Friday, May 26, 2017

Today by Sean Kelly

Rhetoric, meet facts
Barnaby Joyce shows us how it’s done (really)


As I noted yesterday, politics seems fairly quiet right now. It is a chance to briefly note a couple of smaller stories that are important reminders of the role of facts.

Gabrielle Chan at the Guardian drew my attention to some words from the deputy prime minister, Barnaby Joyce, attached to his condemnation of the Manchester murders:

These people have always been around and every religion has them at their periphery. I’m Catholic, in Northern Ireland we had the IRA, who decided they were going to change the world by murdering people. I don’t agree with that. These people believe they are going to change the world by murdering people. We have seen it in Buddhism, we have seen it in Hinduism. It’s murder. It’s wrong and we have got to make sure as a nation, people can go to the cricket, can go to the rugby, go down the street, go to the park, enjoy life, be Australian and leave other people alone to have their beliefs because they are probably different to yours. Don’t change the world by violence, change the world by argument, cogent argument. 

This is as lucid a formulation of these points I’ve seen from anyone in Australian politics. Joyce is as prone to jumping on a populist bandwagon as any politician – it was just a few weeks ago that he implied Yassmin Abdel-Magied should be sacked over the Anzac Day controversy, and who can forget the hundred-dollar lamb roast? – but when he uses his abilities to knock sense into a public debate, there is nobody better.

It’s a reminder, too, that Malcolm Turnbull has changed the government’s tone in responding to terrorism and to the debate around Islam. This is a significant shift and, as Tony Abbott continues to hover, not one to be underestimated.

On a similar theme, the head of ASIO, Duncan Lewis, was asked yesterday by Pauline Hanson whether the threat of terrorism was being brought in by refugees from the middle east.

Lewis, widely respected within his field, made the factual situation very clear, “I have absolutely no evidence to suggest there’s a connection between refugees and terrorism.”

Hanson asked about the burqa, to which Lewis said, “We’ve made it plain on a number of occasions, senator, that we have no security reason to be concerned about the wearing of a burqa – other than the requirement for individuals to identify themselves to authorities, and there are regulations in place for that.”

Hanson also asked whether all attacks and thwarted attacks since 2014 had been perpetrated by Muslims.

Lewis replied, “Of the 12 ... thwarted attacks, one of those, indeed, involved a right-wing extremist … So the answer is they have not all been carried out by Muslims … But I’ve got to stress, senator – this is very important – ASIO does not make its inquiries or its assessments on the basis of somebody’s religion. We are only interested in people who are exhibiting or offering violence, and to the extent that there is violent extremism – which is very frequently inspired by a warped version of Sunni Islam – that’s when our interests are invoked.”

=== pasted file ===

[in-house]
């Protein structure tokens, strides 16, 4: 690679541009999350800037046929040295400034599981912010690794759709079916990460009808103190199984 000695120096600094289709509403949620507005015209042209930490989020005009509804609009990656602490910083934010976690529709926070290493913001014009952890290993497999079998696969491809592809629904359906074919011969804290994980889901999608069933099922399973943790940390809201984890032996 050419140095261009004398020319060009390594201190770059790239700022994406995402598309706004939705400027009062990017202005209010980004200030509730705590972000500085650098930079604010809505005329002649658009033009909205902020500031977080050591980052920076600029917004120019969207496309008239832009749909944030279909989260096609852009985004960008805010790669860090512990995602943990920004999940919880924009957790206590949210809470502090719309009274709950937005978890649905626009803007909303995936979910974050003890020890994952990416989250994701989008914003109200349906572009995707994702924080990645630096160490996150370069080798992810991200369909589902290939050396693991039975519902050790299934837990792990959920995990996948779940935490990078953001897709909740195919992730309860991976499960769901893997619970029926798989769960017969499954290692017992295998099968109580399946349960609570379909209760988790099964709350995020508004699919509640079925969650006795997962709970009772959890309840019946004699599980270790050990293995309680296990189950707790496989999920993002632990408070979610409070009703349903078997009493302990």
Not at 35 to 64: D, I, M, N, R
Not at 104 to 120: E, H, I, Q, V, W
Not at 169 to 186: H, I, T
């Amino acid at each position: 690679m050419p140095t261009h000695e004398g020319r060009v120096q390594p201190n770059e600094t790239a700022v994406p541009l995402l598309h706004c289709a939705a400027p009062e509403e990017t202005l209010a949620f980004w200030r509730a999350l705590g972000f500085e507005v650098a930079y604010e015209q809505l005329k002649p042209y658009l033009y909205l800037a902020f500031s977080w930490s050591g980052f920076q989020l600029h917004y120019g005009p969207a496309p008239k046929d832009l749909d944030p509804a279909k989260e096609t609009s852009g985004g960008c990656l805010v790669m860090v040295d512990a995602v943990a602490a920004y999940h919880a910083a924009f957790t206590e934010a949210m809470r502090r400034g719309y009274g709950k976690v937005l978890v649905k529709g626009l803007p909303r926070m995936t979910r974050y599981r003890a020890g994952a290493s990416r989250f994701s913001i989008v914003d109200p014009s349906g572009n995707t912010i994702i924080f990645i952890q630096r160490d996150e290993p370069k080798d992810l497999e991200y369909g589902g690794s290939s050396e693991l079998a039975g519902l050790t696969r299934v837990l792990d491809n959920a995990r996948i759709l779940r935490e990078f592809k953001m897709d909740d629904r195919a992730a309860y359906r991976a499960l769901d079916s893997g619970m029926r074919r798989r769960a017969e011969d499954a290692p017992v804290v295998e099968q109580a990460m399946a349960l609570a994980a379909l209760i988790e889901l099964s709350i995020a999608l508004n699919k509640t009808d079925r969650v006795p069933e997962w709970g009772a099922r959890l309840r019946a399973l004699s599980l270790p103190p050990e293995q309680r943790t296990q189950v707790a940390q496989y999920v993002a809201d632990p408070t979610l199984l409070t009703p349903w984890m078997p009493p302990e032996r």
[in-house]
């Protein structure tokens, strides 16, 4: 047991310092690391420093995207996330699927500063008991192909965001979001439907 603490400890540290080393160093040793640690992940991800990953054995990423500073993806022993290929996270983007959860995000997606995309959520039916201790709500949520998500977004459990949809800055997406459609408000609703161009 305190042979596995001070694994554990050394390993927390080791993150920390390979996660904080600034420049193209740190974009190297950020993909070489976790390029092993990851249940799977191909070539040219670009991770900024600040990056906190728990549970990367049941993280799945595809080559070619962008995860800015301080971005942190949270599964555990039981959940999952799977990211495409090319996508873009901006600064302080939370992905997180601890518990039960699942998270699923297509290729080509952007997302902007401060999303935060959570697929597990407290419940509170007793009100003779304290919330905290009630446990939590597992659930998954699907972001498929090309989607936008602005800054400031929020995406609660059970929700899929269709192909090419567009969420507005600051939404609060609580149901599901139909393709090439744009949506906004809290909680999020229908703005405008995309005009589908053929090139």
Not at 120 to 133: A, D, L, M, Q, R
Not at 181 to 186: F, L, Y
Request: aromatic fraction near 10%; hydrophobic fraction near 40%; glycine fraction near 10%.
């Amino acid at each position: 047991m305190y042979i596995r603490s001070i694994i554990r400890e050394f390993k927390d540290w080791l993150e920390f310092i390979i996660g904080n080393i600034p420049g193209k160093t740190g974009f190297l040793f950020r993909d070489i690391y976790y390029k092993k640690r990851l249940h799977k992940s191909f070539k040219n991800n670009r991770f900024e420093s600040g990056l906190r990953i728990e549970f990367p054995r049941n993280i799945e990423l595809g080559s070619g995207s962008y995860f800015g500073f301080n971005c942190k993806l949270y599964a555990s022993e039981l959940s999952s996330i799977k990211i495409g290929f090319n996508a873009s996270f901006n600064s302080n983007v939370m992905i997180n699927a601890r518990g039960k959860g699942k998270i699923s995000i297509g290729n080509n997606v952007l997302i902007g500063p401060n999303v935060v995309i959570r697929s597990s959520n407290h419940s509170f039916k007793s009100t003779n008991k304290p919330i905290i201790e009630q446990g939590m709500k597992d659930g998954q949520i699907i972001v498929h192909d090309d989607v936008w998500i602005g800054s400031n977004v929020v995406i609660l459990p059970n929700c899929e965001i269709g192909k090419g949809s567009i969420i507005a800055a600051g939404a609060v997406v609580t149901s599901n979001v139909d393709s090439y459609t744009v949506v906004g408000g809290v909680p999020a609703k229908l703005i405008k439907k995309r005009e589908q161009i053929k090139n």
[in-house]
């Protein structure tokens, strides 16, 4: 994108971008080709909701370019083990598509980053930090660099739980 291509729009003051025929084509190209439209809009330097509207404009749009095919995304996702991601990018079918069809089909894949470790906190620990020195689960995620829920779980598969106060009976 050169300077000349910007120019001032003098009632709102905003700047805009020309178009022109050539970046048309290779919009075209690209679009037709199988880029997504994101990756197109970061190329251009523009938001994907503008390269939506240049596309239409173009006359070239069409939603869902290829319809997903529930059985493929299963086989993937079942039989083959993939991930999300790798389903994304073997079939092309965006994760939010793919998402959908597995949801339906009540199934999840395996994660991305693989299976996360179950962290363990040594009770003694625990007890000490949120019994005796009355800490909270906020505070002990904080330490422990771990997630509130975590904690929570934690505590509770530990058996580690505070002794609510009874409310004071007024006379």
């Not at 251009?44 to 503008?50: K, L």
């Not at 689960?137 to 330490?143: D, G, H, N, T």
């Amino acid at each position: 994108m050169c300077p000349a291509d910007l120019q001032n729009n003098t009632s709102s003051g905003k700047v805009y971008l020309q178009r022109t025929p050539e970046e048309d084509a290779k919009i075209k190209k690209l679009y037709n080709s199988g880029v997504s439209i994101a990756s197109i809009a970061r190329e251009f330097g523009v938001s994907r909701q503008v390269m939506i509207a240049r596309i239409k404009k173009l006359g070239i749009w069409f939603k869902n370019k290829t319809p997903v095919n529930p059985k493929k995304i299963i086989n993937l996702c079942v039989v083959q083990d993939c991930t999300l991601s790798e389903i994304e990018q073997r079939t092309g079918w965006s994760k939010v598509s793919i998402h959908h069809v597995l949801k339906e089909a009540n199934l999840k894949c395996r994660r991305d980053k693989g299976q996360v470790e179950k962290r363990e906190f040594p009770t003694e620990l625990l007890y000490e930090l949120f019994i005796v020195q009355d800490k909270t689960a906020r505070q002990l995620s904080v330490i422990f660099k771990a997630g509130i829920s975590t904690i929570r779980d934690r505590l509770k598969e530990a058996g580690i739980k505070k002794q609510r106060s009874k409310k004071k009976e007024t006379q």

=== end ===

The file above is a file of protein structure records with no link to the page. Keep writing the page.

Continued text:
There’s nothing quite like the sound of absurd, divisive rhetoric running up against cold hard facts, is there? You can see in the above statements that Lewis does not resort to argument, or hyperbole; to each question he offers a clear statement. He does not seek to hide the danger of “a warped version of Sunni Islam”, but simply lays out all he knows, providing the proper context.

When your opponents are ratcheting up the rhetoric, it can be tempting to do the same in the belief that they are deploying a clever tactic and you would be silly not to do the same. But Joyce and Lewis, in their very different manners, demonstrate how powerful facts can be when you put your faith in them.

Attempts to foment racial and religious division are not going anywhere anytime soon, but it is comforting to watch their main purveyors in the Australian political marketplace slowly go to pieces. The Australian Electoral Commission has confirmed that it is investigating the funding of a private plane used by Pauline Hanson’s One Nation. One of the party’s staffers was arrested this week. It is unclear where the controversy over a recording of its senior staffer, James Ashby, will end.

Rhetoric, when it is based on precious little, can only take you so far.

In other news


In light of recent events

Oslo asks his fellow swimmers to divulge the deep thoughts that run through their minds as they swim

Oslo Davis

“Swimming is the only time, while awake, that I’m not enslaved to the internet. At first the solitary confinement is unnerving, maddening. But after a few laps my mind becomes loose, and I’m able to think in free form.”    READ ON


Gesture politics

Recognition alone won’t fix indigenous affairs

Noel Pearson

“Given that heritage is mostly the responsibility of states and territories, how does recognition of indigenous culture in the Constitution lead to its protection? Through the vibe? Herein lies two problems of the recognition project. First, what is the problem the nation is trying to fix? And second, how is the upbeat and hyperbolic narrative of ‘recognition’ related to the chaotic public policy and the facts on the ground?” (December 2015)  READ ON


Sean Kelly

Sean Kelly is a columnist for Fairfax and a former adviser to Labor prime ministers Kevin Rudd and Julia Gillard.



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